At a poker table once, someone I respect said, “Everyone I know who’s ever bet on props has gone broke at some point.” I puzzled over this, because a prop bet, in poker terminology, is a bet on something where the odds are fair, such that there is no expected edge for either player. An example would be if players bet even odds on whether the flop would have more black cards or red cards. I realized that, strangely, my friend’s observation was probably right; betting on props is a potentially catastrophic decision, even though the expected financial loss is zero.

The reason for this is subtle and is beyond the scope of this book. There is a class of mathematical models called Risk of Ruin that examines the probability of going broke as a function of starting bankroll, betting edge, bet sizing, and number of bets. A good introduction to these models is provided in Bill Chen and Jerrod Ankenman’s book The Mathematics of Poker

… My advice for young people is: Avoid spreading your tentacles too far; pick one thing to specialize in and do it well; only branch out if you demonstrate sustained success and have a strong urge to try something new; and when you are not engaging in the one thing you do well, you should relax, because our connected world, while thrilling, is also demanding and exhausting. Remember that sitting out has strategic value—you get to learn without cost or risk.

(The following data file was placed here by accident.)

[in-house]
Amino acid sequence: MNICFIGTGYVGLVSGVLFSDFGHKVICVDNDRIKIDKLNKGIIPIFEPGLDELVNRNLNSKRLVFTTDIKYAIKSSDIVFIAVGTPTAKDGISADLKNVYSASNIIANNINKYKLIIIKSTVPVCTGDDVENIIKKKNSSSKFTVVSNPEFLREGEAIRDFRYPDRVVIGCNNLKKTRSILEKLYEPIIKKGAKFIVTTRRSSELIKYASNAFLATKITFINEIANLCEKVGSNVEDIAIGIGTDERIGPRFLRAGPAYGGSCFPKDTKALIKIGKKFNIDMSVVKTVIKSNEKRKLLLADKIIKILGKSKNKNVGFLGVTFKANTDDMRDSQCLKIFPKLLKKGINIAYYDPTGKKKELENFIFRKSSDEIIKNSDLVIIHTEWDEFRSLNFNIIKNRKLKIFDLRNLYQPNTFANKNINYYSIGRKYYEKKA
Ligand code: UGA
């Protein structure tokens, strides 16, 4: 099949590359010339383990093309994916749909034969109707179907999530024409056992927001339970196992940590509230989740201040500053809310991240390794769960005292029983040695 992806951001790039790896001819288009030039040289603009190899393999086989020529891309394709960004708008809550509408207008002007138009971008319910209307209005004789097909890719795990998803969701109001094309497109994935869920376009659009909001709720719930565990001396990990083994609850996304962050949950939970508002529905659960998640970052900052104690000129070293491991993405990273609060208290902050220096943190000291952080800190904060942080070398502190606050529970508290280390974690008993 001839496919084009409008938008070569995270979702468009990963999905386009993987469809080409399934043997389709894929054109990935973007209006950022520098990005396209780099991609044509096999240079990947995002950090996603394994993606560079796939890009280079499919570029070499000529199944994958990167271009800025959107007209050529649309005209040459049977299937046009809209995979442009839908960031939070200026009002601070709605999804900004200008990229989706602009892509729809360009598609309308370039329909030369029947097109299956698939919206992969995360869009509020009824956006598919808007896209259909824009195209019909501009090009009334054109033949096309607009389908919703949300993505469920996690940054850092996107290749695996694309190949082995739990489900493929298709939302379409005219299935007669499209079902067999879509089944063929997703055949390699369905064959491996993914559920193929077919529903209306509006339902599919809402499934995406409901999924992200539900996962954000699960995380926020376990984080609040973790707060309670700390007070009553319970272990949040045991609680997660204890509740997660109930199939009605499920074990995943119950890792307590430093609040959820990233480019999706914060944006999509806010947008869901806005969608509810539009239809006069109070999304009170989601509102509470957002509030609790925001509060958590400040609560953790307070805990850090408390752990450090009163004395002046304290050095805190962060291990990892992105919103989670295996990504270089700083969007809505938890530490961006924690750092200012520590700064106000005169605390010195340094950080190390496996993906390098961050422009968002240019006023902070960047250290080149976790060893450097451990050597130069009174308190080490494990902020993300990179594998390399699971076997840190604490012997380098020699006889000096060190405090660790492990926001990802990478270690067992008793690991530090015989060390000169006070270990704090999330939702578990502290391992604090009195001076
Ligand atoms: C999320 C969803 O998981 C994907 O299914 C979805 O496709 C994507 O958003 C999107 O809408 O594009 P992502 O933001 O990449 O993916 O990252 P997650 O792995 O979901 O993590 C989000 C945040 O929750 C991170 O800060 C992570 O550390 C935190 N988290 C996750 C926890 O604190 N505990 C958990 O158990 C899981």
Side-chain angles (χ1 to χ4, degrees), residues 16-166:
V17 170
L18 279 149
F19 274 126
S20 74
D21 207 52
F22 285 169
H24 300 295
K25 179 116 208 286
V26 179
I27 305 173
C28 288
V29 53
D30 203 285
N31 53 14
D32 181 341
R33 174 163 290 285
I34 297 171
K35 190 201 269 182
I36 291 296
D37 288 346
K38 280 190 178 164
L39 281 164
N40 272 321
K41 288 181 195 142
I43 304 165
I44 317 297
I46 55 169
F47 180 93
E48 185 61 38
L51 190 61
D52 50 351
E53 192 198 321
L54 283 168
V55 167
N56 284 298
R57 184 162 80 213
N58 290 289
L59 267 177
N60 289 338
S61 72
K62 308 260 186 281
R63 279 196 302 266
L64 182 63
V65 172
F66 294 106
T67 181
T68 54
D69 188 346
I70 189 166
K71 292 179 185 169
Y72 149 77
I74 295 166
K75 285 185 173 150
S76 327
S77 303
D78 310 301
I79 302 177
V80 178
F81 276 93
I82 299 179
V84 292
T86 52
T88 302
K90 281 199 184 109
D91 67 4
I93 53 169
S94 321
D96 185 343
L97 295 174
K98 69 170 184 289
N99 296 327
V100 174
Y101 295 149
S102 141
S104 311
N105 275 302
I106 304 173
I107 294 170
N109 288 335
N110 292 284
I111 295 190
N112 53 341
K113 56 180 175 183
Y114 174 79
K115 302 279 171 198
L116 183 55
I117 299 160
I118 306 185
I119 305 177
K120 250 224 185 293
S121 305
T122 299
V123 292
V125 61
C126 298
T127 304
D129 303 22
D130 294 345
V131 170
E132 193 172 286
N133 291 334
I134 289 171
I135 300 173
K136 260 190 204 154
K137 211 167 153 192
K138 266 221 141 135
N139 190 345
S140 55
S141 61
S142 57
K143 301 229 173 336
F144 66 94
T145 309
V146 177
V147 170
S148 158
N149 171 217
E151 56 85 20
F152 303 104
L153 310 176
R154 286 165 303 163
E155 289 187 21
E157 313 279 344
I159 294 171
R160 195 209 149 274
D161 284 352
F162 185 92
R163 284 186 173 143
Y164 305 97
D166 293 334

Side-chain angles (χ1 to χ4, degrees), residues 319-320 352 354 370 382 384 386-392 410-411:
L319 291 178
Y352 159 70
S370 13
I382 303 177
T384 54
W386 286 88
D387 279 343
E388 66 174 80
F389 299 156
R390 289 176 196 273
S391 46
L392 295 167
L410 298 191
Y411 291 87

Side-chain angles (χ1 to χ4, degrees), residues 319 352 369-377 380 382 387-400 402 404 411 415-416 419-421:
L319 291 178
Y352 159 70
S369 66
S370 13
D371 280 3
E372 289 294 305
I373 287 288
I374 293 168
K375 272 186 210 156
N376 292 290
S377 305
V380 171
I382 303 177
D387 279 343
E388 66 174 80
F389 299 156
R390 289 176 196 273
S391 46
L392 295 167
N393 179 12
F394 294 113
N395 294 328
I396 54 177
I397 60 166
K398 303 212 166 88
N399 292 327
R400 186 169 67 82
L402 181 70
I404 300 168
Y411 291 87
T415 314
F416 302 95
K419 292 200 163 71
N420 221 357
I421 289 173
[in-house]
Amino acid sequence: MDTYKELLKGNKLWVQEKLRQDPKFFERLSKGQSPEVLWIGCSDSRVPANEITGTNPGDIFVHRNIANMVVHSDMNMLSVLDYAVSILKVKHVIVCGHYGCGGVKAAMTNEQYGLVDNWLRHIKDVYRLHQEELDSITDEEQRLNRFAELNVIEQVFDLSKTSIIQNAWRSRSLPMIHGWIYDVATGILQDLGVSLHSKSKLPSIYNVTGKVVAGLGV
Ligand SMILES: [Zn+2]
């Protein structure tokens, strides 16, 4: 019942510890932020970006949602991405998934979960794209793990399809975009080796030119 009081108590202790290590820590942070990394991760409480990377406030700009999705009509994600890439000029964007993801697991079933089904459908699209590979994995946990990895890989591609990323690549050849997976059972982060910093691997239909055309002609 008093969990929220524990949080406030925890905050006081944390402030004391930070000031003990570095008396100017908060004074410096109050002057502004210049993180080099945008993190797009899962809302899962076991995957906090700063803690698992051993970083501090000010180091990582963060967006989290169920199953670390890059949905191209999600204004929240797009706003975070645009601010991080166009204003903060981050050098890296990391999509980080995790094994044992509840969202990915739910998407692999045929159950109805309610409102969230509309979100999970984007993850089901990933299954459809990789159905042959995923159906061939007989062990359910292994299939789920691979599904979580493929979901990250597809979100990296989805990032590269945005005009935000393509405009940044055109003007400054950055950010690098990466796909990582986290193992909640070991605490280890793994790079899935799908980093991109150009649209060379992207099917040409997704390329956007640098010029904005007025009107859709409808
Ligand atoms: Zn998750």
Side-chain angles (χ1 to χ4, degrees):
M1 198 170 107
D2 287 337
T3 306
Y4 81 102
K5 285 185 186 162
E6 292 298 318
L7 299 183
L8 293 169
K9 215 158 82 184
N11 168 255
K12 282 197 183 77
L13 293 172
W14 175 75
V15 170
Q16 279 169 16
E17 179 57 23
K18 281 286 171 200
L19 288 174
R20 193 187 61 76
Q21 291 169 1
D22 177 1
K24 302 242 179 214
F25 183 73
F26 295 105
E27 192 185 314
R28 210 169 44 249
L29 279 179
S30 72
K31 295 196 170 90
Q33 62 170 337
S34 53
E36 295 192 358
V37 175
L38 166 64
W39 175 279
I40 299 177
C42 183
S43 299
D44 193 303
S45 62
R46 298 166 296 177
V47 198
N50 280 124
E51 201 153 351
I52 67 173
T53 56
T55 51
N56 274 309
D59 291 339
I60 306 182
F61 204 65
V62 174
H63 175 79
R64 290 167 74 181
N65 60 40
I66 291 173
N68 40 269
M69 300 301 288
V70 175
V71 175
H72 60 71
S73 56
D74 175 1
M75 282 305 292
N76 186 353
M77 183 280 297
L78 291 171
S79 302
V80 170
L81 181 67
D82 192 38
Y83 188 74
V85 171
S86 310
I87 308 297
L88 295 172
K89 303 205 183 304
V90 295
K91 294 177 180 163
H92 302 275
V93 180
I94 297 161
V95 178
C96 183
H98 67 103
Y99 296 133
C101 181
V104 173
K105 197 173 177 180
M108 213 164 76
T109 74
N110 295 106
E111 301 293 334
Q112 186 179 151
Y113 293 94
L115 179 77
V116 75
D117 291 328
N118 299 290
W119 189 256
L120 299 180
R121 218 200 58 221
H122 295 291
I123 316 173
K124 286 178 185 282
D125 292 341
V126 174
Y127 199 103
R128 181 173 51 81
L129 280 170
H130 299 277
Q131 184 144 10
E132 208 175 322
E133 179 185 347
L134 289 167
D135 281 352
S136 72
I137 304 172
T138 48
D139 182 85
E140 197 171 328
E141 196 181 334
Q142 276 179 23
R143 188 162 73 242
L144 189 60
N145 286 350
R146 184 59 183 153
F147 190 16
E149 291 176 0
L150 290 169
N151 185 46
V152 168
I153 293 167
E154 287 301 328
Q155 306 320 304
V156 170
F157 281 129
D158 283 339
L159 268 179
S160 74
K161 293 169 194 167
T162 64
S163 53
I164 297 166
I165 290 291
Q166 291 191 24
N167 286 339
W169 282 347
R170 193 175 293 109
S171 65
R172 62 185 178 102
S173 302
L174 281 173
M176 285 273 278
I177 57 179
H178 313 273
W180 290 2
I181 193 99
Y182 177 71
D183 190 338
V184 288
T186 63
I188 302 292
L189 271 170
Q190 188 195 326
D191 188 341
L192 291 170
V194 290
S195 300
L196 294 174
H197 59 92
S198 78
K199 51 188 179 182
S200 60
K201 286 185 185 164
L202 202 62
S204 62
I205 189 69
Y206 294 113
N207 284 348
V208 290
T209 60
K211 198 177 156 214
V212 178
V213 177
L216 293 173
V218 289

In a highly competitive global world, you might reasonably expect to have a small edge on your competition when it comes to your specialty. However, it is also reasonable to expect that you are at a large negative disadvantage if you venture into new fields. A poker player might expect to earn one big blind per 100 hands in the game he specializes in, but lose ten big blinds per 100 hands in a game that’s relatively new for him. This is the danger of dilettantism; it might take you ten hours doing the thing you’re good at to overcome the losses from one hour spent doing the thing you’re bad at.

Think of sports gambling. Suppose you’ve been watching soccer your whole life and are an astute soccer handicapper who can bet profitably against sports books. The information embedded in market prices is so good that, if you are right about your abilities, your best expectation after paying juice is to make a small profit of perhaps 1 percent on every dollar bet. But if you are wrong about your abilities, and in fact have only average knowledge (this is likely the case), you are lighting your money on fire, losing perhaps 4–5 percent of every dollar bet…

Want to read more? Check out my new book Personal Organization for Degenerates.